Criminals can get guns without background checks by stealing them, but that only accounts for 10 percent to 15 percent of the guns used in crimes. A much more common method is through "straw purchasers," who buy guns on behalf of someone else, according to several studies using ATF information. Prospective buyers sometimes go through brokers, a study in Chicago showed.

And then there is the black market. Starting in 2007, Michael Papantonakis, an unlicensed dealer, sold guns that included a Walther P38, a Beretta .380, a 9 mm Sig Sauer, a Smith & Wesson 9 mm, a Glock 17, an SKS 7 mm rifle, a Para-Ordnance .45-caliber gun and a Colt MK5 .357-caliber Magnum revolver with a 6-inch barrel to an ATF informant. The prices ranged from $650 to $1,500.

"We're real used to selling to Bloods and Crips," Papantonakis, who operated an Utz potato chips stall in Baltimore's Lexington Market, told the informant in a recorded conversation. He pleaded guilty and received 15 months in federal prison.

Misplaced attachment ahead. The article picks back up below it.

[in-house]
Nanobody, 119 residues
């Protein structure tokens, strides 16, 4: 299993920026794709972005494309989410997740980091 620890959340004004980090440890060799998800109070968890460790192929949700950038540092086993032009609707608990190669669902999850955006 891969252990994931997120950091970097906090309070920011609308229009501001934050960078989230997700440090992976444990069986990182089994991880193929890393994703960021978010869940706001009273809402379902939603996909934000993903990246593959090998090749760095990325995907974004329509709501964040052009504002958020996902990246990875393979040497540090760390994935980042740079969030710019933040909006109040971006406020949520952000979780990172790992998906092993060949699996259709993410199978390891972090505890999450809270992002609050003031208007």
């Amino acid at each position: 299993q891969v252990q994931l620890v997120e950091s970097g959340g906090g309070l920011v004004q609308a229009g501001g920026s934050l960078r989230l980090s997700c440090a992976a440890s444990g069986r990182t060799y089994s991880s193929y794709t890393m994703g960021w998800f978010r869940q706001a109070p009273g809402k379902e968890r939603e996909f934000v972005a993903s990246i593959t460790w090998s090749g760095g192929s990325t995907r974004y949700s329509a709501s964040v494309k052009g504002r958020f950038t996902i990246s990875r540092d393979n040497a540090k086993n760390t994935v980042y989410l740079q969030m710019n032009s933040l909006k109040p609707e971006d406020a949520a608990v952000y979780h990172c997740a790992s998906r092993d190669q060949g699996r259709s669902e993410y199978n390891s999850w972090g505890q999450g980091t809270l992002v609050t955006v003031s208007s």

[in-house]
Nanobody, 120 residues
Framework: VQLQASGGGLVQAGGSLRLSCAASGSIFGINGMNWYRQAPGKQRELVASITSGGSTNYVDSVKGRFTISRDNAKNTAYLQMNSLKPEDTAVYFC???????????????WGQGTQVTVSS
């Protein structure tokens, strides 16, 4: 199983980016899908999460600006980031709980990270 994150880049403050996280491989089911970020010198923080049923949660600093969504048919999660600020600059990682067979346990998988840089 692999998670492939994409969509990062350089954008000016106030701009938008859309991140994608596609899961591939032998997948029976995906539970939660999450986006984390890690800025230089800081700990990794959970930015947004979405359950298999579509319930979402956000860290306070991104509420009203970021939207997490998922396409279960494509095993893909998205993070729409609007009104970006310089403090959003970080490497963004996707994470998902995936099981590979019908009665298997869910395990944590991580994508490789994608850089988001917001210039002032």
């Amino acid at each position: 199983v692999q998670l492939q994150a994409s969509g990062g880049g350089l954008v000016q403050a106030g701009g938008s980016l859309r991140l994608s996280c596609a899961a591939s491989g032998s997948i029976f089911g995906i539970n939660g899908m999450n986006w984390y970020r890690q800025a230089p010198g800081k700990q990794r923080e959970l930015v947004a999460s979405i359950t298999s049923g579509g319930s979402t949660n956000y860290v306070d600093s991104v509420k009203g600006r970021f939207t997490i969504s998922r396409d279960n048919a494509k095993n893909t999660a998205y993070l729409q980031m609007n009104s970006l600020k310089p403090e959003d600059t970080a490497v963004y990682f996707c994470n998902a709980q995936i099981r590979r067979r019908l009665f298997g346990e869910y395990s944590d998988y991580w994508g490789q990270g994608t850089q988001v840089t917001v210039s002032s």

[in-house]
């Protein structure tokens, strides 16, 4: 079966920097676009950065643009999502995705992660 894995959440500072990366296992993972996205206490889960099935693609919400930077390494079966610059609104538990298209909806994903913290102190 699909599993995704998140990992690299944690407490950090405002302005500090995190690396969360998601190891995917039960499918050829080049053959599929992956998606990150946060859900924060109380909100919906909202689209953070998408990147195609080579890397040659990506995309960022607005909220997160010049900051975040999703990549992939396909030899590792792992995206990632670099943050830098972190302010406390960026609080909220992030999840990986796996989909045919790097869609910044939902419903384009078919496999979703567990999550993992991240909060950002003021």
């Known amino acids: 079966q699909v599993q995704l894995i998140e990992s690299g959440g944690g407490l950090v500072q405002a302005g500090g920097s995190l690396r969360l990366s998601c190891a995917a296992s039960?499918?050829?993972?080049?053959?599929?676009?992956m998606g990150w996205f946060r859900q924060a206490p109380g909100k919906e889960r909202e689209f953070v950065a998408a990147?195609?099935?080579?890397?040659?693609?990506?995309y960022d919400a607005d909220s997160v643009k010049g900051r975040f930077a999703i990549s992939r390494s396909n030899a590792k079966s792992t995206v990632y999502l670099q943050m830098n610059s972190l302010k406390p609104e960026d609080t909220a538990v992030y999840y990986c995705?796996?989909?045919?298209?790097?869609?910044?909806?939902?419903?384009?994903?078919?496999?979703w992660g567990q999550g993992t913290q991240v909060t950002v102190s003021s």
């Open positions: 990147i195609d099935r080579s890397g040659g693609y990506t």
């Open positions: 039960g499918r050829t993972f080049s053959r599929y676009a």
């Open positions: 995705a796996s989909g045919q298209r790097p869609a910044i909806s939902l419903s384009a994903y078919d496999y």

John Roman, senior fellow in the Justice Policy Center at the Urban Institute and director of the District of Columbia Crime Policy Institute, which works with the mayor's office in Washington, said illegally obtained guns come from just a few sources. By tracing guns through registration and other methods, as some proposals seek, law enforcement can shut down these covert arms dealers, he said.

"If we have the ability to track those guns, to get guns out of the hands of people with mental illness, of people known to [commit] violent acts, I think that's a positive," said Batts, who supports a requirement that all gun purchases be registered with Baltimore police.

But not everyone thinks tracking guns would make a huge difference.